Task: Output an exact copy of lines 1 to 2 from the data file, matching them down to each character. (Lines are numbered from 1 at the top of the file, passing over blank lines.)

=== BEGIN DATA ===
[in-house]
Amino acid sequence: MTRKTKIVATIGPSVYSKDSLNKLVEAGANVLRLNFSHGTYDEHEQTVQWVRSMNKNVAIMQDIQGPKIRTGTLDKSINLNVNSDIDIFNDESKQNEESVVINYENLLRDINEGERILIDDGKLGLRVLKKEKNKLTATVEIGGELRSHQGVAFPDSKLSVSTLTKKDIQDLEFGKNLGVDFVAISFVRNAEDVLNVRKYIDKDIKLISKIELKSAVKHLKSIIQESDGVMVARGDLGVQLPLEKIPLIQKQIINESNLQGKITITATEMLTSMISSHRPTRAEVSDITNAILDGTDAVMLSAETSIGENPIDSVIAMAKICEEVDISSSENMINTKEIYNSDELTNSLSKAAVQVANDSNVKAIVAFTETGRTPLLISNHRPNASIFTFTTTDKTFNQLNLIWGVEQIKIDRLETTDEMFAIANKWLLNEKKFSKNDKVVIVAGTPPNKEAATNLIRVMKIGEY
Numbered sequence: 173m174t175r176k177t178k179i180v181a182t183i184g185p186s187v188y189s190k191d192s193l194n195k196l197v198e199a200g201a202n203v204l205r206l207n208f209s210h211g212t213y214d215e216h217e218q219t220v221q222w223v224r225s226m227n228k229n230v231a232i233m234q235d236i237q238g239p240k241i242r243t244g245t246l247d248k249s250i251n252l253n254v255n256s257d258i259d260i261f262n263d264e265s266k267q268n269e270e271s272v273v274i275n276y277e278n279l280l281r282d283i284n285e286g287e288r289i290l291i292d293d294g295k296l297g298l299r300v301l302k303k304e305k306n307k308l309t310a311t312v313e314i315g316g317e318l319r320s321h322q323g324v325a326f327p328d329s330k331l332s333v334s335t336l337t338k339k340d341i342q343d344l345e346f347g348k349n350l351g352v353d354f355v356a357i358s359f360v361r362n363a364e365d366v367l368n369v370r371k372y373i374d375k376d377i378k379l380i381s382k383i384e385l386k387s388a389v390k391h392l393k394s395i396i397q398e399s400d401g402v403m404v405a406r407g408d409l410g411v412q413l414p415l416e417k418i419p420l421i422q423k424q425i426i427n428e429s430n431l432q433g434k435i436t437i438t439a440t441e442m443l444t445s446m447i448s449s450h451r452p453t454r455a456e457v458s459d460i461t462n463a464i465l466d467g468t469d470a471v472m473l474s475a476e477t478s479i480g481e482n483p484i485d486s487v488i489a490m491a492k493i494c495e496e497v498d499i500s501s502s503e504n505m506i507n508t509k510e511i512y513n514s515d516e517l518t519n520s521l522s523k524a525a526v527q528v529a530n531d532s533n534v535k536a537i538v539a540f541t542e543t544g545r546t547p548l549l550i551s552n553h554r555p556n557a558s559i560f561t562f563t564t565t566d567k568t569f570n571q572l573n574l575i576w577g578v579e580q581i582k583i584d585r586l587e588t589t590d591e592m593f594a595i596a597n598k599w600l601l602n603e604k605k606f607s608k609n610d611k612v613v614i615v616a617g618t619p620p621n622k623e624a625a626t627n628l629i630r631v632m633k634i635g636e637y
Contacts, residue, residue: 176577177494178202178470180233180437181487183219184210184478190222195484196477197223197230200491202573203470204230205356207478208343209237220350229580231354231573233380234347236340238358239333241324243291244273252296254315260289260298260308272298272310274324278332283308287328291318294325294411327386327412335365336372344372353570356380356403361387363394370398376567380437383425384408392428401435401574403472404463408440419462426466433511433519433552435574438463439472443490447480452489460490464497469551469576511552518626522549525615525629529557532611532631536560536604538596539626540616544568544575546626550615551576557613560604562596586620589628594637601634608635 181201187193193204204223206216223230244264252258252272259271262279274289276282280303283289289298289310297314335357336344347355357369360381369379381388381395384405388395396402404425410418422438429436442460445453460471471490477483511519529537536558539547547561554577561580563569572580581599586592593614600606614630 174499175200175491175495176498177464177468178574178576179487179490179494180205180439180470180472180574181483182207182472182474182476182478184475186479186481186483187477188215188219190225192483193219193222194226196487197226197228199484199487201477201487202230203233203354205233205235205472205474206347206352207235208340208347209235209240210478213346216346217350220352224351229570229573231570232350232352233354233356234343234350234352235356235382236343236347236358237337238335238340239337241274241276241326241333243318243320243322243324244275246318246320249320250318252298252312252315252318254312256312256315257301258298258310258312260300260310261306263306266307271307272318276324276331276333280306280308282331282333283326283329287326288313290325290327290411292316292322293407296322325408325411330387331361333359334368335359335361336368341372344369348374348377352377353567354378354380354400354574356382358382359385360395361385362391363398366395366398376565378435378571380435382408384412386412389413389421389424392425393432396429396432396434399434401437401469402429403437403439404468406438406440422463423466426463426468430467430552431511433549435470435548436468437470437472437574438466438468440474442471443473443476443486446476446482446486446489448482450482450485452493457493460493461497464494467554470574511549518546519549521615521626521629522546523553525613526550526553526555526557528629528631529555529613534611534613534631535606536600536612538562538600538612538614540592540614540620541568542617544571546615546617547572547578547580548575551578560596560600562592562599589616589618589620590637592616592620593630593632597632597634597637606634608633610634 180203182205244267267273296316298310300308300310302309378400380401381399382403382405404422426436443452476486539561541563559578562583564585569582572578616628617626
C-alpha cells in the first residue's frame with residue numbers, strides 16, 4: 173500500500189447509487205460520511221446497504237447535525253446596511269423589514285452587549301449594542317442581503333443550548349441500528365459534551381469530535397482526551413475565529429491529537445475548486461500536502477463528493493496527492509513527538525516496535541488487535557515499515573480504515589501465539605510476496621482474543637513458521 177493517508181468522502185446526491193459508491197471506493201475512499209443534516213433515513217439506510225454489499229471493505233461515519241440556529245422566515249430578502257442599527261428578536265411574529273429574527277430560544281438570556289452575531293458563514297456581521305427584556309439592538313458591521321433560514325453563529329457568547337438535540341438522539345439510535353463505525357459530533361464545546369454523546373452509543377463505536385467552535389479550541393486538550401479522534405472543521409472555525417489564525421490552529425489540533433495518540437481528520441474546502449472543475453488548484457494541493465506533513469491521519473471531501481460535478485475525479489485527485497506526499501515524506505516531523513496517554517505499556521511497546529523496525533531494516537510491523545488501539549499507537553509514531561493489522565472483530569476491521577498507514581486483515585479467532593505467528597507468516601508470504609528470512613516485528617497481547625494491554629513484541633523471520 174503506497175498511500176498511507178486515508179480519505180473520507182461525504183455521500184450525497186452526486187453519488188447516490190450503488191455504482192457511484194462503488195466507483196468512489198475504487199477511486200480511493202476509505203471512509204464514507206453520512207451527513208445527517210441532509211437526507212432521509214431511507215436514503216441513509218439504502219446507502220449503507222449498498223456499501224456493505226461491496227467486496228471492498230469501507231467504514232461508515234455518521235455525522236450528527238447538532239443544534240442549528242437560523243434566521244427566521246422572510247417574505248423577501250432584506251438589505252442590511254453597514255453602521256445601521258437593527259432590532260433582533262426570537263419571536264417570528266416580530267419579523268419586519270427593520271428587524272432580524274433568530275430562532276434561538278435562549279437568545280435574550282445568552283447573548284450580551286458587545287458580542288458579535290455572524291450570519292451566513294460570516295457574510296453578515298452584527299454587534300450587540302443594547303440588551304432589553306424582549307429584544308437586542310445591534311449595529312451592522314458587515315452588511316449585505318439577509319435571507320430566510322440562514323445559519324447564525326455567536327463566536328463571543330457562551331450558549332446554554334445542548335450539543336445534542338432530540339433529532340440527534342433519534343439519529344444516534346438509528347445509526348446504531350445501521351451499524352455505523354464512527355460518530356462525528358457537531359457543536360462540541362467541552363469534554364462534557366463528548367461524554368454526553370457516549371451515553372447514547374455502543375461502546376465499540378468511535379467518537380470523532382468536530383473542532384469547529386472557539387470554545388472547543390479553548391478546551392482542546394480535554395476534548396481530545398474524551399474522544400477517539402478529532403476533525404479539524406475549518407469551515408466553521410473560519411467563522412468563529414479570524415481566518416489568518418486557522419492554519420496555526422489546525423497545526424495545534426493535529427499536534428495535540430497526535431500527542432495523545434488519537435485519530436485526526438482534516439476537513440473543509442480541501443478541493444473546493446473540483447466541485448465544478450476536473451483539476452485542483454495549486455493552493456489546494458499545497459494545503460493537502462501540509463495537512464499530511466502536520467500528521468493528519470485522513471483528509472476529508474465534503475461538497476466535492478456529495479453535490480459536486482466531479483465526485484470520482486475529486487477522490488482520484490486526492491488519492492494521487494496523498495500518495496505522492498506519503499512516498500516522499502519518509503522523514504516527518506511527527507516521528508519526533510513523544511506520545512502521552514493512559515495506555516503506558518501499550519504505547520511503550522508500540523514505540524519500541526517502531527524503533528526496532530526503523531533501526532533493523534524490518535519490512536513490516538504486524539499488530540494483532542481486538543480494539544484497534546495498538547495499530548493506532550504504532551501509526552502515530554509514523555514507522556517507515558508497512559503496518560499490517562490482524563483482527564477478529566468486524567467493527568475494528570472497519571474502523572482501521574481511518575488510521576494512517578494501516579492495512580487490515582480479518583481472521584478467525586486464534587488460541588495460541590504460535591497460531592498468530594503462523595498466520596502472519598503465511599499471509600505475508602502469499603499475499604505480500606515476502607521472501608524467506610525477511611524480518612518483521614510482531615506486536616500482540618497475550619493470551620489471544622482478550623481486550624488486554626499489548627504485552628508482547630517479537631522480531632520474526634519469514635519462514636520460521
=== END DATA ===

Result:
[in-house]
Amino acid sequence: MTRKTKIVATIGPSVYSKDSLNKLVEAGANVLRLNFSHGTYDEHEQTVQWVRSMNKNVAIMQDIQGPKIRTGTLDKSINLNVNSDIDIFNDESKQNEESVVINYENLLRDINEGERILIDDGKLGLRVLKKEKNKLTATVEIGGELRSHQGVAFPDSKLSVSTLTKKDIQDLEFGKNLGVDFVAISFVRNAEDVLNVRKYIDKDIKLISKIELKSAVKHLKSIIQESDGVMVARGDLGVQLPLEKIPLIQKQIINESNLQGKITITATEMLTSMISSHRPTRAEVSDITNAILDGTDAVMLSAETSIGENPIDSVIAMAKICEEVDISSSENMINTKEIYNSDELTNSLSKAAVQVANDSNVKAIVAFTETGRTPLLISNHRPNASIFTFTTTDKTFNQLNLIWGVEQIKIDRLETTDEMFAIANKWLLNEKKFSKNDKVVIVAGTPPNKEAATNLIRVMKIGEY